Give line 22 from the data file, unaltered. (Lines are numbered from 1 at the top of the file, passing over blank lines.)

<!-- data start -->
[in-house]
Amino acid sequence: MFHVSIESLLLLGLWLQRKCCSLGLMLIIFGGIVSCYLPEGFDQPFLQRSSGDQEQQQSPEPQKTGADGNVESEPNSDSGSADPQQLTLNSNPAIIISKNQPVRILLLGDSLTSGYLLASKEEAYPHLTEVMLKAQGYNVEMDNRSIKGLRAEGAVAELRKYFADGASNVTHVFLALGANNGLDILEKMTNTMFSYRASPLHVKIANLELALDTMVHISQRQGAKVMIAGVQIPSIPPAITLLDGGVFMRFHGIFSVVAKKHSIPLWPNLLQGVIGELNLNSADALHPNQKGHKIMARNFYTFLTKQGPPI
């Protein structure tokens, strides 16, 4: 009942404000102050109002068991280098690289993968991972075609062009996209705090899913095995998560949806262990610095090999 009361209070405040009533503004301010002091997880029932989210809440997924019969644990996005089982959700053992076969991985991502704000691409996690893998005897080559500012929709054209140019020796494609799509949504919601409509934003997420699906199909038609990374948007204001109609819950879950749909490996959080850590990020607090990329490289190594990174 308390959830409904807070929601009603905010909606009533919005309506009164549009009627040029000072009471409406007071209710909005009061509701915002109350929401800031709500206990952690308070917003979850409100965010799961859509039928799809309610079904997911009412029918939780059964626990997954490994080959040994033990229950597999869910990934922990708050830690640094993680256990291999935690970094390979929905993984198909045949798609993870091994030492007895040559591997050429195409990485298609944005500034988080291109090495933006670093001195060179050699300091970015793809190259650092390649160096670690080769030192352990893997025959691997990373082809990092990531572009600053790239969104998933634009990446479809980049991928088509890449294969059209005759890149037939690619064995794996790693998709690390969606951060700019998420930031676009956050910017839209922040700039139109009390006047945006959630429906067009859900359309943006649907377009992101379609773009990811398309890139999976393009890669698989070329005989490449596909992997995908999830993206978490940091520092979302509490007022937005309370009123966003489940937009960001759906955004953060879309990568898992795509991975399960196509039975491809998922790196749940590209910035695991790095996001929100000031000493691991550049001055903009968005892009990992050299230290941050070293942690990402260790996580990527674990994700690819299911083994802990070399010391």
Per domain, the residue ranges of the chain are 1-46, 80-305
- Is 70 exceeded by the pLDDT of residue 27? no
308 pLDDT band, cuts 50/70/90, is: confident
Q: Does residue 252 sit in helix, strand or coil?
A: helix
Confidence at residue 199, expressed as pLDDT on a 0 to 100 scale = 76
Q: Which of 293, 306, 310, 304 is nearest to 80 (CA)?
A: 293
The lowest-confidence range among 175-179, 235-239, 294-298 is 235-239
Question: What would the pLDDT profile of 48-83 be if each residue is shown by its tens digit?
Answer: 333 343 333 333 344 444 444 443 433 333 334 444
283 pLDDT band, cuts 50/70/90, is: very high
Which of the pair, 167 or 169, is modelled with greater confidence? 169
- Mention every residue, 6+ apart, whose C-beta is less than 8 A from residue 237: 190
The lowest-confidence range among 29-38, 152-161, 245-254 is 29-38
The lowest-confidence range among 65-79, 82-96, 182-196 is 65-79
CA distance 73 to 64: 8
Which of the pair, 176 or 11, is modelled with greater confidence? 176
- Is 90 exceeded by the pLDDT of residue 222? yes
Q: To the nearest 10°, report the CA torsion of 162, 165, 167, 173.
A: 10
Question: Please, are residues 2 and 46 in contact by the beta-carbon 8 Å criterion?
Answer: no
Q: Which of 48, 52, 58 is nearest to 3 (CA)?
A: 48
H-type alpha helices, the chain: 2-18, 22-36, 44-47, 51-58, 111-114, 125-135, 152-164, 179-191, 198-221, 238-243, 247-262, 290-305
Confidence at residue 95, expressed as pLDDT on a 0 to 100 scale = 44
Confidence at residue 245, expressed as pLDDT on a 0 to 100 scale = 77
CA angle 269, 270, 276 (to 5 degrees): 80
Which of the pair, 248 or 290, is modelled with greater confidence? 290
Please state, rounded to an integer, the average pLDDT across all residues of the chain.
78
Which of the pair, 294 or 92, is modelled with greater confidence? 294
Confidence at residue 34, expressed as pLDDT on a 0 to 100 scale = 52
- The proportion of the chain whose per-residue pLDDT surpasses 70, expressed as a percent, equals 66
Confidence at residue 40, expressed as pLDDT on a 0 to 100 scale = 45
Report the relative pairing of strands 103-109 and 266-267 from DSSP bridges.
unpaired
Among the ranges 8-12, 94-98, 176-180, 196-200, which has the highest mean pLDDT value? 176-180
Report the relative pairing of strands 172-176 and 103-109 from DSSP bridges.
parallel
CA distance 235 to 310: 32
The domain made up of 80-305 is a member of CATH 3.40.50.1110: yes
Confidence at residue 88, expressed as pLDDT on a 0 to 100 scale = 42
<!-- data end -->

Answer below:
- Is 90 exceeded by the pLDDT of residue 222? yes